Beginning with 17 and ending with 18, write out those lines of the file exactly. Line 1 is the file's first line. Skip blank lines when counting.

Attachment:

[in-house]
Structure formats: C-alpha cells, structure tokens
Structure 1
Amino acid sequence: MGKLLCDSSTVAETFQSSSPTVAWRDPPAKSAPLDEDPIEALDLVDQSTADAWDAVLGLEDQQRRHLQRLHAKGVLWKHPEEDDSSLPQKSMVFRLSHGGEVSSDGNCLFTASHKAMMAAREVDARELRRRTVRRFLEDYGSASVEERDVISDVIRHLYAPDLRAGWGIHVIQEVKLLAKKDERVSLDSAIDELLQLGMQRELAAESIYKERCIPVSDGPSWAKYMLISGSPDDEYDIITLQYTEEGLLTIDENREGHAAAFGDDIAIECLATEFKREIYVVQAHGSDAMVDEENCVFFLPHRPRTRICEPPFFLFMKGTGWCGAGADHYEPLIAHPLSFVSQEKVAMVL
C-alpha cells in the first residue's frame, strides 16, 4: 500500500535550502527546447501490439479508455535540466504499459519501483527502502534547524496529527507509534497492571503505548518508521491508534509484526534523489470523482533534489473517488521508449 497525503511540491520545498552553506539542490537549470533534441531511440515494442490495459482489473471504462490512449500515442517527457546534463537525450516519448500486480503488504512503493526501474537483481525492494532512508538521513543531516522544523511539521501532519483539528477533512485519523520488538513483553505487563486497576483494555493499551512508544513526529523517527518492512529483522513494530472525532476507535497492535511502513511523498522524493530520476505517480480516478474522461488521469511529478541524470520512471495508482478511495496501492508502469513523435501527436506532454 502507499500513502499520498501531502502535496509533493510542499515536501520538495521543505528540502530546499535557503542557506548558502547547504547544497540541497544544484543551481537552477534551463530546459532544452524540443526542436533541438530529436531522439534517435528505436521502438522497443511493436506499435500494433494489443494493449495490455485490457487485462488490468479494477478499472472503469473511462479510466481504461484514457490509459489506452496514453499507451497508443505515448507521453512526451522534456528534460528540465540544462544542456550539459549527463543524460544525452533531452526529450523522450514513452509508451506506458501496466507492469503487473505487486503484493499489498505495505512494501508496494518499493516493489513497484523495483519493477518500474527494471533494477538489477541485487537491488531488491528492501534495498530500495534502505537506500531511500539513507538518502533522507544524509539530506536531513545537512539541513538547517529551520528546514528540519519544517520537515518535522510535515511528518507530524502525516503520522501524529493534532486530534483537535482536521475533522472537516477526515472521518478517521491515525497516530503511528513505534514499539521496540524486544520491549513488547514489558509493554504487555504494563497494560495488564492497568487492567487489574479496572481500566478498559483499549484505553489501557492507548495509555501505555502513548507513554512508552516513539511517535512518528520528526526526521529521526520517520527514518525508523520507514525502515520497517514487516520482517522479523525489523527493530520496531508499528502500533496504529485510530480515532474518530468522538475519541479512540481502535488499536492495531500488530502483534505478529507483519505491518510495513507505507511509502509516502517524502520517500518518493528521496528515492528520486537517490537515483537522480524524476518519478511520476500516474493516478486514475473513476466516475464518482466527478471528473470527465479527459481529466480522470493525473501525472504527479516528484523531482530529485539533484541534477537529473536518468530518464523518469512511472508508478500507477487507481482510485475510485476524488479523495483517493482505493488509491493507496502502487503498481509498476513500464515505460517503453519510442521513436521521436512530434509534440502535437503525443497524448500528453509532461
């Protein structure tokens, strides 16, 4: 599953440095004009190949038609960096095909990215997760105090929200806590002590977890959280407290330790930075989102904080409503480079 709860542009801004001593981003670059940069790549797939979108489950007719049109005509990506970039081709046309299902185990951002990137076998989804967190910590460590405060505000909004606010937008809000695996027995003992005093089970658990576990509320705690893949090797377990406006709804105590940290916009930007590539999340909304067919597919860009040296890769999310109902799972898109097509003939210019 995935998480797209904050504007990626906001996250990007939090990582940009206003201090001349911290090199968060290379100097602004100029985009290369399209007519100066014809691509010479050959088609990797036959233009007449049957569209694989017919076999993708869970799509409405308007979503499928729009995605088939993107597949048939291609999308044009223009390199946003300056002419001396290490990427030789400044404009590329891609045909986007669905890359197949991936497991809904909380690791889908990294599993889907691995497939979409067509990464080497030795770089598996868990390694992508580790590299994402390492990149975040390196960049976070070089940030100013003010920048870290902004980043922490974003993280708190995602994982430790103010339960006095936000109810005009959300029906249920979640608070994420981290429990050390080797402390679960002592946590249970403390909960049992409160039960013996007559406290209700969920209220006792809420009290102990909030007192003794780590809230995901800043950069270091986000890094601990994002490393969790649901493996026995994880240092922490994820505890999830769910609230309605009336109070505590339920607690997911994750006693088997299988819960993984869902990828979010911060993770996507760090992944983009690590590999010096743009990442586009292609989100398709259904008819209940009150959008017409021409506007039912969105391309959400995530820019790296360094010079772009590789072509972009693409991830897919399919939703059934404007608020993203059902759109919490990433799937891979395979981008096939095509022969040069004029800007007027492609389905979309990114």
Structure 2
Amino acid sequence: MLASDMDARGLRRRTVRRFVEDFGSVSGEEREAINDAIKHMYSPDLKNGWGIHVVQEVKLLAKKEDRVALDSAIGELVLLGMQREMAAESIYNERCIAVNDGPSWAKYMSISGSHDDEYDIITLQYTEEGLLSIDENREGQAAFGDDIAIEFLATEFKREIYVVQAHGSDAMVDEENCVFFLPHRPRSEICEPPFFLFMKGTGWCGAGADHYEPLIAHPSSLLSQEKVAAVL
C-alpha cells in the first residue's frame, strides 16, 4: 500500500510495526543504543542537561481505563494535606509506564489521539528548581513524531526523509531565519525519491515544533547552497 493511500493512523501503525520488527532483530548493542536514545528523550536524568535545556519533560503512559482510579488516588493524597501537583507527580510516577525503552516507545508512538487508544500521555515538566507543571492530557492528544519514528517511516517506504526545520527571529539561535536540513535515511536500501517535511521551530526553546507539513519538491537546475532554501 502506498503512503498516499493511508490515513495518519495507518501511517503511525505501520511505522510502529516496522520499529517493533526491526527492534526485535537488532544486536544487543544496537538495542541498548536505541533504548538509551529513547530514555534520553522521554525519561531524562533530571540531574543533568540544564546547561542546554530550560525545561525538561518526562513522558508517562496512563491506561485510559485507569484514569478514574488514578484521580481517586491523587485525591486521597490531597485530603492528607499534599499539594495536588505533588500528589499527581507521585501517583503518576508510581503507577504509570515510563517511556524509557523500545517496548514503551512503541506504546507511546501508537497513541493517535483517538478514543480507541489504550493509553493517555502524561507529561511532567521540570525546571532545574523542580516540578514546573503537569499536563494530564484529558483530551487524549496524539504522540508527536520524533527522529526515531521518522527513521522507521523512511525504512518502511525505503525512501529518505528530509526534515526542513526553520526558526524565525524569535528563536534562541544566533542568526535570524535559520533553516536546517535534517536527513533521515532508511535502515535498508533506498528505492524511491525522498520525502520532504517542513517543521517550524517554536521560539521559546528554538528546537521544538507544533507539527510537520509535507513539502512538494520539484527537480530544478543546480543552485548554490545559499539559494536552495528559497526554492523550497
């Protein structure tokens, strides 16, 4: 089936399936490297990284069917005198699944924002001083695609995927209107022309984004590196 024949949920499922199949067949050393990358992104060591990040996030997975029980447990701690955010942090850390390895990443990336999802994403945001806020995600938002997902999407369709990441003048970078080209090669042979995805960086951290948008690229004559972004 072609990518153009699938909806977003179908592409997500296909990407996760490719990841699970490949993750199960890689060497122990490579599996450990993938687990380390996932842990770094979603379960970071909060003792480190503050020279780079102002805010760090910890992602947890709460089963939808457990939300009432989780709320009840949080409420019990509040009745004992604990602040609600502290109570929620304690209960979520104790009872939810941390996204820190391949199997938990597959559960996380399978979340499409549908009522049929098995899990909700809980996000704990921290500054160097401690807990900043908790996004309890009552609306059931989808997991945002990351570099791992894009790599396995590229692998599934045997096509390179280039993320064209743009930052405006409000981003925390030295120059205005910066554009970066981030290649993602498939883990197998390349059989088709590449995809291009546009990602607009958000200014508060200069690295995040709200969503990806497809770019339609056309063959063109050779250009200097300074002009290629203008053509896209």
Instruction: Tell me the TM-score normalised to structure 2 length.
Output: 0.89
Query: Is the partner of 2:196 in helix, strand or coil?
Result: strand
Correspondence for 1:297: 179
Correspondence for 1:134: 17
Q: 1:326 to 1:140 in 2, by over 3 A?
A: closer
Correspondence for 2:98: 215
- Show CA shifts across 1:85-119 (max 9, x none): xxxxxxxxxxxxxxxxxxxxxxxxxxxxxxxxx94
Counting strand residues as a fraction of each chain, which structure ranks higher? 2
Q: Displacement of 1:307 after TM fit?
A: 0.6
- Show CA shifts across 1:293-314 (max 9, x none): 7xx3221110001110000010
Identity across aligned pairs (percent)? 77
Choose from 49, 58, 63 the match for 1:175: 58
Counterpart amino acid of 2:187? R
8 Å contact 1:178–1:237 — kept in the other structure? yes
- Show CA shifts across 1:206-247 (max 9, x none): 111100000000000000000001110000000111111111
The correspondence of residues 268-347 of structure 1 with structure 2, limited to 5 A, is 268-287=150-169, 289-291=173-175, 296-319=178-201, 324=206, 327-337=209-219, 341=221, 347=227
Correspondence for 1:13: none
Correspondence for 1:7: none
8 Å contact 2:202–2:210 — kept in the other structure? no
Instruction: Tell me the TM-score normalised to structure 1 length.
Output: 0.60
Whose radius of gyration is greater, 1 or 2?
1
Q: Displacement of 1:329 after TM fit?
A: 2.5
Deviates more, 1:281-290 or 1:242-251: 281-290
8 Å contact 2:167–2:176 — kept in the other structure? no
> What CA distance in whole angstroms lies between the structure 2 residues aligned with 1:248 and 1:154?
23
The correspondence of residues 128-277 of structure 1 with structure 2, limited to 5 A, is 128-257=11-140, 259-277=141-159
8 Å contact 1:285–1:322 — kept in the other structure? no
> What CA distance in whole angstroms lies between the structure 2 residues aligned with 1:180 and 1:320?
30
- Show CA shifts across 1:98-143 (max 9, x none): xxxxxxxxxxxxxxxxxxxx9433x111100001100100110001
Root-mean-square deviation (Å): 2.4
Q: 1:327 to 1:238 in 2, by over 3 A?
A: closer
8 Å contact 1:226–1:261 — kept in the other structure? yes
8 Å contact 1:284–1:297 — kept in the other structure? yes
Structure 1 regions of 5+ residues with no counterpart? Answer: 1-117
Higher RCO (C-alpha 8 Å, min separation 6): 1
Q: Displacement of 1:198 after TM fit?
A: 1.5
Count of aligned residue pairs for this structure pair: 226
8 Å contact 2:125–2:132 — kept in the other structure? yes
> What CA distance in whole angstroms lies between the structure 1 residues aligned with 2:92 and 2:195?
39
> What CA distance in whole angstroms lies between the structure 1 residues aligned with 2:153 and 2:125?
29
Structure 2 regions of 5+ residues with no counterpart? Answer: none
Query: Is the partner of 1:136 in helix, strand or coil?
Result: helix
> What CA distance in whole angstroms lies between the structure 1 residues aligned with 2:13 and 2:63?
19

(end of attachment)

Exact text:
Q: 1:326 to 1:140 in 2, by over 3 A?
A: closer